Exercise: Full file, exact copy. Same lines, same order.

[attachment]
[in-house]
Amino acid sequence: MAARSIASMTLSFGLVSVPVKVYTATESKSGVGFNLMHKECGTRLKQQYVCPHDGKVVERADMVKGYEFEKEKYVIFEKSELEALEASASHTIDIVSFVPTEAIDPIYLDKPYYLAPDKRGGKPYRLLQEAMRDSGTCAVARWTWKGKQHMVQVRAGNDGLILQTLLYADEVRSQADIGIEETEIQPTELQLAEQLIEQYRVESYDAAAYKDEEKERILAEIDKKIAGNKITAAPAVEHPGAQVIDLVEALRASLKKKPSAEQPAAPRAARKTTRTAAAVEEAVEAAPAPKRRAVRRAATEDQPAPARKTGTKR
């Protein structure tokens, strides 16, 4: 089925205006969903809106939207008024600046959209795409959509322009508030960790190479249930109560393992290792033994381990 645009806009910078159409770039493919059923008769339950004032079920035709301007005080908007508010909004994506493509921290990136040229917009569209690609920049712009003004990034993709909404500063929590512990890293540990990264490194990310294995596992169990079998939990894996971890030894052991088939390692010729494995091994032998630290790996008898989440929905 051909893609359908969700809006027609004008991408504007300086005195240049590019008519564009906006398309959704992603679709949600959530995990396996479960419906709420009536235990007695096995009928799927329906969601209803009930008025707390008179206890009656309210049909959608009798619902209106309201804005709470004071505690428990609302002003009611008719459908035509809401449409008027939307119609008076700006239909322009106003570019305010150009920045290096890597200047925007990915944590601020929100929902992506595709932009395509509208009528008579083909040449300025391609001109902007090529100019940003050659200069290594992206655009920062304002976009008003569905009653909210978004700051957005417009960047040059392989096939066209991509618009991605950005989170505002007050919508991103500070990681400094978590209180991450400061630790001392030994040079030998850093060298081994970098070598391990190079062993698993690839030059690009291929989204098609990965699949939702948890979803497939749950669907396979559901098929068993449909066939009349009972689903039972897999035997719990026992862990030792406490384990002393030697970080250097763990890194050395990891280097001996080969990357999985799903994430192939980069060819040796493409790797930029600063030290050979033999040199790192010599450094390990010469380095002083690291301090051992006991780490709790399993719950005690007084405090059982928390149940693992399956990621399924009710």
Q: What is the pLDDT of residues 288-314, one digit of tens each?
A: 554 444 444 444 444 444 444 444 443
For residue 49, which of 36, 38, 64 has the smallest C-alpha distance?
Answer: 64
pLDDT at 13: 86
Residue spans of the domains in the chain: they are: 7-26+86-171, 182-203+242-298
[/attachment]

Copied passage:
[in-house]
Amino acid sequence: MAARSIASMTLSFGLVSVPVKVYTATESKSGVGFNLMHKECGTRLKQQYVCPHDGKVVERADMVKGYEFEKEKYVIFEKSELEALEASASHTIDIVSFVPTEAIDPIYLDKPYYLAPDKRGGKPYRLLQEAMRDSGTCAVARWTWKGKQHMVQVRAGNDGLILQTLLYADEVRSQADIGIEETEIQPTELQLAEQLIEQYRVESYDAAAYKDEEKERILAEIDKKIAGNKITAAPAVEHPGAQVIDLVEALRASLKKKPSAEQPAAPRAARKTTRTAAAVEEAVEAAPAPKRRAVRRAATEDQPAPARKTGTKR
């Protein structure tokens, strides 16, 4: 089925205006969903809106939207008024600046959209795409959509322009508030960790190479249930109560393992290792033994381990 645009806009910078159409770039493919059923008769339950004032079920035709301007005080908007508010909004994506493509921290990136040229917009569209690609920049712009003004990034993709909404500063929590512990890293540990990264490194990310294995596992169990079998939990894996971890030894052991088939390692010729494995091994032998630290790996008898989440929905 051909893609359908969700809006027609004008991408504007300086005195240049590019008519564009906006398309959704992603679709949600959530995990396996479960419906709420009536235990007695096995009928799927329906969601209803009930008025707390008179206890009656309210049909959608009798619902209106309201804005709470004071505690428990609302002003009611008719459908035509809401449409008027939307119609008076700006239909322009106003570019305010150009920045290096890597200047925007990915944590601020929100929902992506595709932009395509509208009528008579083909040449300025391609001109902007090529100019940003050659200069290594992206655009920062304002976009008003569905009653909210978004700051957005417009960047040059392989096939066209991509618009991605950005989170505002007050919508991103500070990681400094978590209180991450400061630790001392030994040079030998850093060298081994970098070598391990190079062993698993690839030059690009291929989204098609990965699949939702948890979803497939749950669907396979559901098929068993449909066939009349009972689903039972897999035997719990026992862990030792406490384990002393030697970080250097763990890194050395990891280097001996080969990357999985799903994430192939980069060819040796493409790797930029600063030290050979033999040199790192010599450094390990010469380095002083690291301090051992006991780490709790399993719950005690007084405090059982928390149940693992399956990621399924009710």
Q: What is the pLDDT of residues 288-314, one digit of tens each?
A: 554 444 444 444 444 444 444 444 443
For residue 49, which of 36, 38, 64 has the smallest C-alpha distance?
Answer: 64
pLDDT at 13: 86
Residue spans of the domains in the chain: they are: 7-26+86-171, 182-203+242-298